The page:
The Litani River flooded many of the fields stretching across the two majestic mountain ranges flanking the Bekaa after this year’s second major storm hit on Wednesday.

Some families had barely finished repairing their tents when the most severe winter they have faced yet unleashed another crushing night of snow, wind and flooding.

“We spent all night emptying the tent but the water kept coming in,” said Thaer Ibrahim Mohammed, a red and white headscarf wrapped around his head.

“This is the worst winter,” said the greying man.

Gaggles of children made the most of the afternoon sun and pulled rubber boots on their bare feet to romp in the camp’s sludgy alleys and have snowball fights.

The shelters in “Camp 040,” which lies on the edge of the village of Delhamiyeh and is one of the many informal settlements that dot the valley, are all the same.

They were erected on concrete slabs and their roofs are held down with used tires.

Their tarpaulin walls provide a flimsy protection against strong winds and freezing temperatures.

The camp looks like it could have sprung up just weeks earlier but many of its residents have lived there since 2012, when the Syrian conflict escalated.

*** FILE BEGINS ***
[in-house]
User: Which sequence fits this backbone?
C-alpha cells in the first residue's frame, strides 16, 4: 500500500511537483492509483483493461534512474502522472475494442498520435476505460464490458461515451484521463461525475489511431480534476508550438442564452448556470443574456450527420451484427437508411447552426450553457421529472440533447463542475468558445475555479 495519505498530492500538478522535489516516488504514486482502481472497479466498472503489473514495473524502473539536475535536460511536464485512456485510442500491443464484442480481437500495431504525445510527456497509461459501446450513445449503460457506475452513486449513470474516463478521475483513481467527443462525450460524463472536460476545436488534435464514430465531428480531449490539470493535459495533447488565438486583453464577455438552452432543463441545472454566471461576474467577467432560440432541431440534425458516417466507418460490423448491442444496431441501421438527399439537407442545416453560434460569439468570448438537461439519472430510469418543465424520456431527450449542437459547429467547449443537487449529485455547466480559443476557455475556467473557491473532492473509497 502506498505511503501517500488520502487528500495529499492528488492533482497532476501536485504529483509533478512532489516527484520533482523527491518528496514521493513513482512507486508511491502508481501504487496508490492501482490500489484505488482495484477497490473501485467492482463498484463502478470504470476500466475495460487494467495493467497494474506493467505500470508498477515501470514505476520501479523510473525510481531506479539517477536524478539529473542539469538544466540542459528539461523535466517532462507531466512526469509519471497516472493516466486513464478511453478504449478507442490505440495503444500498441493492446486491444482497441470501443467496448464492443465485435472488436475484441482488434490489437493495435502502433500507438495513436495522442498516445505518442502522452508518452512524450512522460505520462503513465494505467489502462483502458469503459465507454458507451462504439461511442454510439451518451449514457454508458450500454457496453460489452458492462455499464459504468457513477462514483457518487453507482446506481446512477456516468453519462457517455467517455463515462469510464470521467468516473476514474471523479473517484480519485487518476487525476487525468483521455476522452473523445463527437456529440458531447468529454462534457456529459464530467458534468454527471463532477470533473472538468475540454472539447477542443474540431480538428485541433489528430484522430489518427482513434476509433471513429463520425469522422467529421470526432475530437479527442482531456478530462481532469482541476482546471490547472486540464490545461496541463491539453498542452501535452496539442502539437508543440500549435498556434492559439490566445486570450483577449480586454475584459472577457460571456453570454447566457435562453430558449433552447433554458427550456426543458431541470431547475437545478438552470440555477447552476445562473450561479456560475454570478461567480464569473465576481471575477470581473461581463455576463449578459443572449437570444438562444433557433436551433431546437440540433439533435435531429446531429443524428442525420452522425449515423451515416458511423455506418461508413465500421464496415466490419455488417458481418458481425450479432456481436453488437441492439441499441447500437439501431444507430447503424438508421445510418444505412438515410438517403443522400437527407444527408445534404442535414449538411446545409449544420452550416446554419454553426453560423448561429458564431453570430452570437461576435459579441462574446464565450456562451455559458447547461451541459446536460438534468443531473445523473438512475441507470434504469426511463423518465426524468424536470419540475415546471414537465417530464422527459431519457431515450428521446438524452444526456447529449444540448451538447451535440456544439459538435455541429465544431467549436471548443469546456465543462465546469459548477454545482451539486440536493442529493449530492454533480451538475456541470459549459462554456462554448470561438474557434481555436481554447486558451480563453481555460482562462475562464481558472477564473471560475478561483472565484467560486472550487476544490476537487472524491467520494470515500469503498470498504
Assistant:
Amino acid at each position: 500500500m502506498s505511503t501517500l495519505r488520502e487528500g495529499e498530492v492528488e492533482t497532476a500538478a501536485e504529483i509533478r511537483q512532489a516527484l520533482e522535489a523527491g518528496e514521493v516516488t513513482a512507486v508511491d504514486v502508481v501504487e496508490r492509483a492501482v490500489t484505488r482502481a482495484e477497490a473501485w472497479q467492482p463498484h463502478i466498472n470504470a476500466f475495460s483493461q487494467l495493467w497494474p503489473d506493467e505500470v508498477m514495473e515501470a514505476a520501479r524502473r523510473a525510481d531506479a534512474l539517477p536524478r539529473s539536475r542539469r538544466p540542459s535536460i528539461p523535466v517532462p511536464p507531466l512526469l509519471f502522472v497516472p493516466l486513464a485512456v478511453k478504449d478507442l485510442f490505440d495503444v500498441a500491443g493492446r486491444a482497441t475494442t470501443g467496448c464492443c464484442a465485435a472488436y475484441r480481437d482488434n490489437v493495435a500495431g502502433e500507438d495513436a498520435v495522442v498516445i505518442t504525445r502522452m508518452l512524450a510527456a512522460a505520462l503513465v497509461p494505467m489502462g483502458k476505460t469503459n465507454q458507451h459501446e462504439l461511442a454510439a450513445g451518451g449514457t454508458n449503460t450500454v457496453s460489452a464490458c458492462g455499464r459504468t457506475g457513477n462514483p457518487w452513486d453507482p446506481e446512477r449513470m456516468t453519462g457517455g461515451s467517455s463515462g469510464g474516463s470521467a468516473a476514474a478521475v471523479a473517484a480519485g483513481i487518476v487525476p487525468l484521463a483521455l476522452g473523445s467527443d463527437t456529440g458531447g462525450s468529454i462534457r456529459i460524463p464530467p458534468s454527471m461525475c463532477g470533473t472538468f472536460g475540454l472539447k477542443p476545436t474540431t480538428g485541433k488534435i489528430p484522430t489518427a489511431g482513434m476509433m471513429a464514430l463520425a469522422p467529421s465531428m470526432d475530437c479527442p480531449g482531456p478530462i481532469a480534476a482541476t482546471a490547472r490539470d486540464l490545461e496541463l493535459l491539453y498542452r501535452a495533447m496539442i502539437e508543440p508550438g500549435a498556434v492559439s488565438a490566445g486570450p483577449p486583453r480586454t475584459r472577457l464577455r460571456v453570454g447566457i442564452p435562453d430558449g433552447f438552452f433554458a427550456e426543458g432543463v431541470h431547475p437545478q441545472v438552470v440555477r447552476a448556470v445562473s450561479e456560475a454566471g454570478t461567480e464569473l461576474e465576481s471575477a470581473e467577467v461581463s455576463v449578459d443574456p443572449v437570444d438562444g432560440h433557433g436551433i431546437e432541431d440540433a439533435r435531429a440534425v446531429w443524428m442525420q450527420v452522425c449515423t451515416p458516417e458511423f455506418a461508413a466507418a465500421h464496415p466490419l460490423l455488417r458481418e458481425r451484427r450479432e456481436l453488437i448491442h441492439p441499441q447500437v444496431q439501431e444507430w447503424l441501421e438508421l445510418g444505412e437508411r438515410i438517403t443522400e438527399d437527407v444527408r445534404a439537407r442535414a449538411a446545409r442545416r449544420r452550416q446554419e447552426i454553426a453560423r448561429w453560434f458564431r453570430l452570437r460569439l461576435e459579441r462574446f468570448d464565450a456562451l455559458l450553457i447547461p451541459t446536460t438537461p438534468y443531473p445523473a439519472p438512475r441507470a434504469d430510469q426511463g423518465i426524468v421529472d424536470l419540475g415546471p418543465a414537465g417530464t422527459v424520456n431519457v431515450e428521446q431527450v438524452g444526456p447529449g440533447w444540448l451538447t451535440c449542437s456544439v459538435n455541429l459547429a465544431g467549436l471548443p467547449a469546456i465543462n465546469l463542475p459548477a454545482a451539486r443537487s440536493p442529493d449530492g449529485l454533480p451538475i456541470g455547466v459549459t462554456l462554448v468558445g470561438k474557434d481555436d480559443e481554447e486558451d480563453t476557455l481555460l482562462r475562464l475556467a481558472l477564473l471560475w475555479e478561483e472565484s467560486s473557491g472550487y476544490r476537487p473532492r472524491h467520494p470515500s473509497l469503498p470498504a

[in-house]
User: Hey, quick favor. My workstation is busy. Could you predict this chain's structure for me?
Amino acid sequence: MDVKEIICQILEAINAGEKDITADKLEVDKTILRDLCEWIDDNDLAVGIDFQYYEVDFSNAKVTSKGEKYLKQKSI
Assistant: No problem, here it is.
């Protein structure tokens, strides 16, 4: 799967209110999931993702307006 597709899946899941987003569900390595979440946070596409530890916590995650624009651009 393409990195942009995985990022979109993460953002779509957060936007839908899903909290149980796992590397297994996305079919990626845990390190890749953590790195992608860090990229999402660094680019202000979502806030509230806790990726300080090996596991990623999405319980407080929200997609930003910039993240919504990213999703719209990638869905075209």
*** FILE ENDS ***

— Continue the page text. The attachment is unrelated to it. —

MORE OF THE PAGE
Abu Ahmad, a native of Homs spending his seventh winter in Lebanon, said aid was inadequate.

“This year there was a lot of rain. But humanitarian organizations have reduced aid,” he said, standing on a brick placed as a stepping stone in a muddy puddle.

“You just need to look: Do you think this sheeting keeps us warm or keeps the water out? They gave us nothing, no new tarps, no firewood, nothing,” the young man said.

Aid organizations say they are doing their best to distribute emergency aid to the most vulnerable among the estimated 340,000 refugees living in the Bekaa Valley.

The UN refugee agency (UNHCR) said close to 24,000 people were affected by extreme weather conditions.

Some tents were destroyed by the storms that elsewhere in Lebanon have cut the main road to Syria several times, flooded the highway north of Beirut and forced schools to close.

Relief agencies have had to relocate families who were left homeless, once again, in several feet of snow.

Fatima, a 20-year-old refugee originally from the main northern Syrian city of Aleppo, had to leave her tent with her family but opted to squeeze in with neighbors.

“The tent is totally flooded, we can’t live in it. So we took our things and left, what else can we do?”